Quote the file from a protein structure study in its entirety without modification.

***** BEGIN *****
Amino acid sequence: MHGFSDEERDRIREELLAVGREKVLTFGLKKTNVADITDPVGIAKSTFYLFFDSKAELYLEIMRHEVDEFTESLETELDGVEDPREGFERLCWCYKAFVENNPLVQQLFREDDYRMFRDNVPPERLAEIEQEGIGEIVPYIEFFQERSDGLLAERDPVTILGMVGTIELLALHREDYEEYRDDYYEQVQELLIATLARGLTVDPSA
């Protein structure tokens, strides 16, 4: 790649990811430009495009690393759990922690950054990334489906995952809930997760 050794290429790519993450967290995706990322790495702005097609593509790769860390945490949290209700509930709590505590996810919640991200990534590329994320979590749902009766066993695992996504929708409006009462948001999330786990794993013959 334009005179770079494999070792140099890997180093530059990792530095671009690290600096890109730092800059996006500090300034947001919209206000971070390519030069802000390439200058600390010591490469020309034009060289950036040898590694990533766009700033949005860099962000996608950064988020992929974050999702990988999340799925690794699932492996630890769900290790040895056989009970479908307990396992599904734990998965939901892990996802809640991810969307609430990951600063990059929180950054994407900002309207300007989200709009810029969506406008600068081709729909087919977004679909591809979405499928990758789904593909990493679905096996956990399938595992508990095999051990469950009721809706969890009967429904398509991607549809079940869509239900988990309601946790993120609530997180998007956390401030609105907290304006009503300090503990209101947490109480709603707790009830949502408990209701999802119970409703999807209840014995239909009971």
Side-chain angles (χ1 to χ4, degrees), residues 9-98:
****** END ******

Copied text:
Amino acid sequence: MHGFSDEERDRIREELLAVGREKVLTFGLKKTNVADITDPVGIAKSTFYLFFDSKAELYLEIMRHEVDEFTESLETELDGVEDPREGFERLCWCYKAFVENNPLVQQLFREDDYRMFRDNVPPERLAEIEQEGIGEIVPYIEFFQERSDGLLAERDPVTILGMVGTIELLALHREDYEEYRDDYYEQVQELLIATLARGLTVDPSA
């Protein structure tokens, strides 16, 4: 790649990811430009495009690393759990922690950054990334489906995952809930997760 050794290429790519993450967290995706990322790495702005097609593509790769860390945490949290209700509930709590505590996810919640991200990534590329994320979590749902009766066993695992996504929708409006009462948001999330786990794993013959 334009005179770079494999070792140099890997180093530059990792530095671009690290600096890109730092800059996006500090300034947001919209206000971070390519030069802000390439200058600390010591490469020309034009060289950036040898590694990533766009700033949005860099962000996608950064988020992929974050999702990988999340799925690794699932492996630890769900290790040895056989009970479908307990396992599904734990998965939901892990996802809640991810969307609430990951600063990059929180950054994407900002309207300007989200709009810029969506406008600068081709729909087919977004679909591809979405499928990758789904593909990493679905096996956990399938595992508990095999051990469950009721809706969890009967429904398509991607549809079940869509239900988990309601946790993120609530997180998007956390401030609105907290304006009503300090503990209101947490109480709603707790009830949502408990209701999802119970409703999807209840014995239909009971």
Side-chain angles (χ1 to χ4, degrees), residues 9-98: